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A Change at the Checkout

Volunteers at the annual Source to Sea Cleanup

Volunteers at the annual Source to Sea Cleanup always seem to pick up the same amount of plastic waste, meaning something has to change further up the chain.

Americans need to start talking about plastic waste, Bob Bolduc said. For proof, look no further than the customer who visits Pride Stores regularly for lottery tickets — and wants them in a plastic bag.

“What does that tell you and me? That the world has a big education problem. We need to talk about it.”

Bolduc, who owns the Pride chain, and his team have done just that, deciding to eliminate plastic bags at checkout counters across the chain. The ban went into effect on May 1.

“We’re happy to do it,” he went on. “We’re getting mixed reviews, but we think people in time will come around. Everyone’s got to do their share. This is a little thing we should have done a long time ago.”

As part of the conversion, Pride will give away reusable bags as long as supplies last, and give a 5-cent discount whenever a reusable bag of any kind is used.

“It was the right thing to do; it’s that simple,” Bolduc said. “Anybody who cares about our planet realizes it’s one of the easy fixes, so we decided to do it right away. There have been a few customers who complained, but most customers have been understanding, some have applauded us, and some — here’s the good news — said, ‘I don’t need a bag at all.’ That’s the best response, because paper bags aren’t the solution, either.”

Pride isn’t alone. Big Y Foods recently announced it will eliminate single-use plastic bags from checkouts at its 70 supermarkets and specialty stores, along with its Big Y Express gas and convenience locations, in 2020.

“We’re getting mixed reviews, but we think people in time will come around. Everyone’s got to do their share. This is a little thing we should have done a long time ago.”

Big Y supermarkets in six area communities — Adams, Amherst, Great Barrington, Lee, Northampton, and South Hadley — have already made the switch to comply with municipal bag bans, and that got the company, which has implemented a number of sustainability-minded practices over the years, thinking.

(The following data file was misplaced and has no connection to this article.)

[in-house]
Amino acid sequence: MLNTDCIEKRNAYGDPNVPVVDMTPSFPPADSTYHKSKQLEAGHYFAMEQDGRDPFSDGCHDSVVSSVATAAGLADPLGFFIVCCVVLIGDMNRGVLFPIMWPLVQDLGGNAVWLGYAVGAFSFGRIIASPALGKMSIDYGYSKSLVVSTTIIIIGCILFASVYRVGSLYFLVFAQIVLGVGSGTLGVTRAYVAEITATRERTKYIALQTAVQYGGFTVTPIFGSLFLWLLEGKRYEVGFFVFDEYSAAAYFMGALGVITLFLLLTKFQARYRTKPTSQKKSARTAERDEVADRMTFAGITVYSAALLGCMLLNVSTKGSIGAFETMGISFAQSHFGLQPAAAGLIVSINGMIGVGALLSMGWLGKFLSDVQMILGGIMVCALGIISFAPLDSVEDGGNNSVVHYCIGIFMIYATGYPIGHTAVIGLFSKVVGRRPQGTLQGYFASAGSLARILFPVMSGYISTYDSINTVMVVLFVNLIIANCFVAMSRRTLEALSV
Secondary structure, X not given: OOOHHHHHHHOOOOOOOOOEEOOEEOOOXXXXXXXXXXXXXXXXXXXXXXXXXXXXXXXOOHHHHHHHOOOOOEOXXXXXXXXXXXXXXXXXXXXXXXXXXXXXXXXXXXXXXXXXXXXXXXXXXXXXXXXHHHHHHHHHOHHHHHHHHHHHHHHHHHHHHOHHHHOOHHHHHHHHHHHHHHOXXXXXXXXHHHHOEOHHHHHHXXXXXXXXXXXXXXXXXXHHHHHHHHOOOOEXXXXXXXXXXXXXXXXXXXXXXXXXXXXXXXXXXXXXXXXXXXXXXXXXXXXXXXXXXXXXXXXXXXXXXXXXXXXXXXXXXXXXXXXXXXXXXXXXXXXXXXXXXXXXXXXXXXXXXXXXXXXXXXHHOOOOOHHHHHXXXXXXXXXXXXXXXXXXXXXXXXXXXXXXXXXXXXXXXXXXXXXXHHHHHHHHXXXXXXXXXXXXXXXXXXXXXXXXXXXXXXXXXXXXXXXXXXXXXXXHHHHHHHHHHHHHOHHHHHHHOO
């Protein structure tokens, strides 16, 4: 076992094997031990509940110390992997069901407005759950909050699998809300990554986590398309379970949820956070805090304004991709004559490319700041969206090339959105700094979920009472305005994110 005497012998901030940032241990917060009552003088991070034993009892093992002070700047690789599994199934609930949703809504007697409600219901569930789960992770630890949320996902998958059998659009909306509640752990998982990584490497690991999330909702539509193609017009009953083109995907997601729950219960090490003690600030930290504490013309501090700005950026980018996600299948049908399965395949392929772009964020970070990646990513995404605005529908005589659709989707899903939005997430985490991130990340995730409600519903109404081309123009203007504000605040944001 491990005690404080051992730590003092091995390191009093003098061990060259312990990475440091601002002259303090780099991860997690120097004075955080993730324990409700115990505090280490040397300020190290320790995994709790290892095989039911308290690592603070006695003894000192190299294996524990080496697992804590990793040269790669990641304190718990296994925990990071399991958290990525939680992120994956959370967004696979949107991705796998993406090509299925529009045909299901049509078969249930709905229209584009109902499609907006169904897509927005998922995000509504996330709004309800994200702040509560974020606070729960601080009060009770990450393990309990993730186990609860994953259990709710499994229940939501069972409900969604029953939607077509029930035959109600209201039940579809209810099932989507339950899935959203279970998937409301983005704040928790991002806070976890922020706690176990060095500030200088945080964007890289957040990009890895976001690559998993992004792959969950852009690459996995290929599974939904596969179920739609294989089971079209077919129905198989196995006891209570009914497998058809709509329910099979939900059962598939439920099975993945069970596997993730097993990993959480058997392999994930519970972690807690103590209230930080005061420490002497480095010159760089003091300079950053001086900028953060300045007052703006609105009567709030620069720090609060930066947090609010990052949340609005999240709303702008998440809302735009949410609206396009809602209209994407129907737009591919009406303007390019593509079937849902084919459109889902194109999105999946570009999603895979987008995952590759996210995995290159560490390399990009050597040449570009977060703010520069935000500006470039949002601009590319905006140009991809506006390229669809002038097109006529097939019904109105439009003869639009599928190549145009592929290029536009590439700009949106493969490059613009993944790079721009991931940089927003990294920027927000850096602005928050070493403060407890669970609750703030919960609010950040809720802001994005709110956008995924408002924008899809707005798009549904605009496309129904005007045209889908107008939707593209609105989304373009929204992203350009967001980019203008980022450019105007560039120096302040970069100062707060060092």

“We have a handful of stores that are in towns with bag bans, which makes it a hodgepodge for us,” said Claire D’Amour-Daley, Big Y’s vice president of Corporate Communications. “The first stores were tougher — people got mad at us. But it’s much more commonplace now, with these town ordinances. Most people support it, and the employees support it.”

Eliminating the single-use bags chain-wide, she added, simply made sense.

“It’s a start. We continue to look at all types of packaging we can substitute — we’re looking at alternative sources of everything — but we figured we’d start with the bags.”

Massive Impact

As one might imagine, plastic bags create an inordinate amount of waste. According to the Environmental Protection Agency, more than 380 billion plastic bags are used in the U.S. each year. If not disposed of properly, this plastic can end up in waterways and forests, where it can harm fish, marine animals, birds, and other wildlife.

As a large chain, Big Y uses 100 million plastic bags and 3.5 million paper bags at its checkouts each year. The company recognizes that paper isn’t the answer to this waste problem, as the paper-production process is harmful to the environment, causing increased greenhouse-gas emissions and deforestation, which is why it’s promoting the adoption of reusable bags through in-store promotions (like buy one bag, get one free) and signage.

Signage at the South Hadley Big Y

Signage at the South Hadley Big Y reminds shoppers they won’t be getting plastic bags there.

The Connecticut River Conservancy understands the impact of waste more than most. CRC volunteers have cleaned up more than 1,000 tons of trash over the course of 22 years at its annual Source to Sea Cleanup.

“It’s clear that repeated cleaning is not the solution to our trash problem,” said Andrew Fisk, executive director. “We need to redesign our economy so there isn’t waste in the first place.”

The CRC is taking a three-pronged approach to that campaign: corporate pressure, consumer pressure, and legislative efforts.

“We realize, by going out and cleaning it up, how big it is, but we’re still doing the same work year after year,” said Angela Chaffee, communications director.

“There are things that can be done to stop trash from ending up in riverbanks in the first place. That’s what we want to start working toward,” she went on. “Littering is definitely part of the problem, and we encourage people not to be litterbugs. But there are choices people can be making every day at the consumer level — things like reusable bottles, shopping bags, and coffee mugs. A lot of people think that doesn’t make a difference, but it absolutely does.”